Mutual attraction may be central to our notion of love, but it is a curiously rare occurrence in art, which tends to split desire into subject and object. Poetry traces a vector from lover to beloved. (“Shall I compare thee to a summer’s day?”) In painting and sculpture, the eye of the beholder lingers on the face and body of the beheld. Students of film are schooled in the erotic power of the gaze, and readers of romance fiction know the seductions of the first-person narrative and the free indirect style, which concentrate lust and longing within a single consciousness. (“Reader, I married him.”) Patricia Highsmith’s 1952 novel, “The Price of Salt,” published under the pseudonym Claire Morgan, uses these conventional methods to tell the story of what was at the time a scandalously unconventional love. That story, which begins in Manhattan just before Christmas, is related from the perspective of Therese Belivet, a young theatrical set designer in New York who falls for an older suburban housewife named Carol Aird. Therese’s infatuation with Carol is immediate and total. Carol’s feelings, while equally intense, are more elusive, partly because the reader experiences them at second hand, from Therese’s point of view. In bringing this book to the screen in his gorgeous new movie “Carol,” Todd Haynes has, as filmmakers will, changed a few details, characters and plot points. (Therese is now an aspiring photographer, though still temporarily employed at the doll counter of a department store.) But Mr. Haynes and the screenwriter, Phyllis Nagy, have also done something more radical. In Highsmith’s prose, desire is a one-way street. For Mr. Haynes, it’s a two-way mirror. At once ardent and analytical, cerebral and swooning, “Carol” is a study in human magnetism, in the physics and optics of eros. With sparse dialogue and restrained drama, the film is a symphony of angles and glances, of colors and shadows. It gives emotional and philosophical weight to what might be a perfectly banal question: What do these women see each in each other? Read more.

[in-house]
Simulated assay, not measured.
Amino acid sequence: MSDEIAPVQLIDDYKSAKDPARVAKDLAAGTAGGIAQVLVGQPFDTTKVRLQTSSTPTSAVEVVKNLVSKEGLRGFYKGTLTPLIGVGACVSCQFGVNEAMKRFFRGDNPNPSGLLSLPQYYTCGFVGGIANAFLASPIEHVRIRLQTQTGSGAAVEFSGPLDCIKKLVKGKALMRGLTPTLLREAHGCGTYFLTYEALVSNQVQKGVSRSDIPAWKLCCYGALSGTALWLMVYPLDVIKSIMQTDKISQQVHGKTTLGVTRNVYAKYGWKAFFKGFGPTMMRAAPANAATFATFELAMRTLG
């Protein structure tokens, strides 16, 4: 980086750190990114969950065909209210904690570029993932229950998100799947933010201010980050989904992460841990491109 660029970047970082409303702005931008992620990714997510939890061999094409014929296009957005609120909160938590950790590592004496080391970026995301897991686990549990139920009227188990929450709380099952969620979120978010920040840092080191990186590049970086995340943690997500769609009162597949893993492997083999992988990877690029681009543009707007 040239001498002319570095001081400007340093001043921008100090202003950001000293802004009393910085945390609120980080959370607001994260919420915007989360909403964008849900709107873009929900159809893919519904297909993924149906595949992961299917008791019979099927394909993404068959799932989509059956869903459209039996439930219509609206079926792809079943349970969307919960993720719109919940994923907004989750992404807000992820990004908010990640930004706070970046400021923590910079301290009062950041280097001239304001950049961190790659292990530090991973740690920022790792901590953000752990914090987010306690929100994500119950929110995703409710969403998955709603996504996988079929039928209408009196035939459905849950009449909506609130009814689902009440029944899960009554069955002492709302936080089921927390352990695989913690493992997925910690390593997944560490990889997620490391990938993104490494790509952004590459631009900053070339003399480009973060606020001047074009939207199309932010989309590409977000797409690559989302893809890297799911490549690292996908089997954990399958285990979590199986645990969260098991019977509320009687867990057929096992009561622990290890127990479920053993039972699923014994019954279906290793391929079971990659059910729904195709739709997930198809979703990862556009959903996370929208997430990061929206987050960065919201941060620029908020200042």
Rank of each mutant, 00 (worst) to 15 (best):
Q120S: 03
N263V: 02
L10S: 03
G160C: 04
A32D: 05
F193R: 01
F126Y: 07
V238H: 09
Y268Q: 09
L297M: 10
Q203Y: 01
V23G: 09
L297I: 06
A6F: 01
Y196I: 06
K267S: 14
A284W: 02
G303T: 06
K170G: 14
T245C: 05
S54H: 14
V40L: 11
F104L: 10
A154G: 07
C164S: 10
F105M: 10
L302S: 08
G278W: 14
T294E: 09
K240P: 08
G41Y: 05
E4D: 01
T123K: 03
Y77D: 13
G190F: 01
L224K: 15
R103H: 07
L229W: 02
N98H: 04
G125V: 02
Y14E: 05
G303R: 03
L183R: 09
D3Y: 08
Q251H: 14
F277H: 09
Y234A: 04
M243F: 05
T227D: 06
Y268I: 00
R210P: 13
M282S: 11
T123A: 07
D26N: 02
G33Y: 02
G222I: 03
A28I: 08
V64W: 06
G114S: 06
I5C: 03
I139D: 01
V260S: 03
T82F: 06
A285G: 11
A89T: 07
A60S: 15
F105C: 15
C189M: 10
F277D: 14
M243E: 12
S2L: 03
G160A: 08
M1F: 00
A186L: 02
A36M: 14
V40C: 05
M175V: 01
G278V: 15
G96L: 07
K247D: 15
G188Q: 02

“The Big Short”